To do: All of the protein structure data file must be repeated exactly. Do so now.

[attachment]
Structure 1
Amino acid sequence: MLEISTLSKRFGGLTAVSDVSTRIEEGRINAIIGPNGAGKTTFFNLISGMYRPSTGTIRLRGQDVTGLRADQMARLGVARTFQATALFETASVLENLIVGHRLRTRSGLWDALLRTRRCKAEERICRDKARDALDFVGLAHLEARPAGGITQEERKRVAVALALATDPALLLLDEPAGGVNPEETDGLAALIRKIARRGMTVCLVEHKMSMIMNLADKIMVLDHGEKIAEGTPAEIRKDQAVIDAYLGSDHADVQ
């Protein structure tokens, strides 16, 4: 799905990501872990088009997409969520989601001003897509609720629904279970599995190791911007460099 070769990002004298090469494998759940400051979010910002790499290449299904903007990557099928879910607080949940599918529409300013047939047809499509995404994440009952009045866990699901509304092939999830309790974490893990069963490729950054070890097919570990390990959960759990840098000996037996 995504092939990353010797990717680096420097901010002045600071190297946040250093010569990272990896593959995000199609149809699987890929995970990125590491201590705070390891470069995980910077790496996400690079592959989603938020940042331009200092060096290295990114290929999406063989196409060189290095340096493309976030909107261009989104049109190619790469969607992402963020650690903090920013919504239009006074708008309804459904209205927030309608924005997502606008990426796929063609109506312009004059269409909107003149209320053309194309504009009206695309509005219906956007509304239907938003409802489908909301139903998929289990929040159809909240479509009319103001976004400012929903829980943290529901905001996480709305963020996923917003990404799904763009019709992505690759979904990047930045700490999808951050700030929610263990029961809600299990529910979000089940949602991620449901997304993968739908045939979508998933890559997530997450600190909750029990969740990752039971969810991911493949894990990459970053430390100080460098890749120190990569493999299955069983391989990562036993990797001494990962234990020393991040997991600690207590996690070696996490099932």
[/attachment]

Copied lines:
Structure 1
Amino acid sequence: MLEISTLSKRFGGLTAVSDVSTRIEEGRINAIIGPNGAGKTTFFNLISGMYRPSTGTIRLRGQDVTGLRADQMARLGVARTFQATALFETASVLENLIVGHRLRTRSGLWDALLRTRRCKAEERICRDKARDALDFVGLAHLEARPAGGITQEERKRVAVALALATDPALLLLDEPAGGVNPEETDGLAALIRKIARRGMTVCLVEHKMSMIMNLADKIMVLDHGEKIAEGTPAEIRKDQAVIDAYLGSDHADVQ
């Protein structure tokens, strides 16, 4: 799905990501872990088009997409969520989601001003897509609720629904279970599995190791911007460099 070769990002004298090469494998759940400051979010910002790499290449299904903007990557099928879910607080949940599918529409300013047939047809499509995404994440009952009045866990699901509304092939999830309790974490893990069963490729950054070890097919570990390990959960759990840098000996037996 995504092939990353010797990717680096420097901010002045600071190297946040250093010569990272990896593959995000199609149809699987890929995970990125590491201590705070390891470069995980910077790496996400690079592959989603938020940042331009200092060096290295990114290929999406063989196409060189290095340096493309976030909107261009989104049109190619790469969607992402963020650690903090920013919504239009006074708008309804459904209205927030309608924005997502606008990426796929063609109506312009004059269409909107003149209320053309194309504009009206695309509005219906956007509304239907938003409802489908909301139903998929289990929040159809909240479509009319103001976004400012929903829980943290529901905001996480709305963020996923917003990404799904763009019709992505690759979904990047930045700490999808951050700030929610263990029961809600299990529910979000089940949602991620449901997304993968739908045939979508998933890559997530997450600190909750029990969740990752039971969810991911493949894990990459970053430390100080460098890749120190990569493999299955069983391989990562036993990797001494990962234990020393991040997991600690207590996690070696996490099932």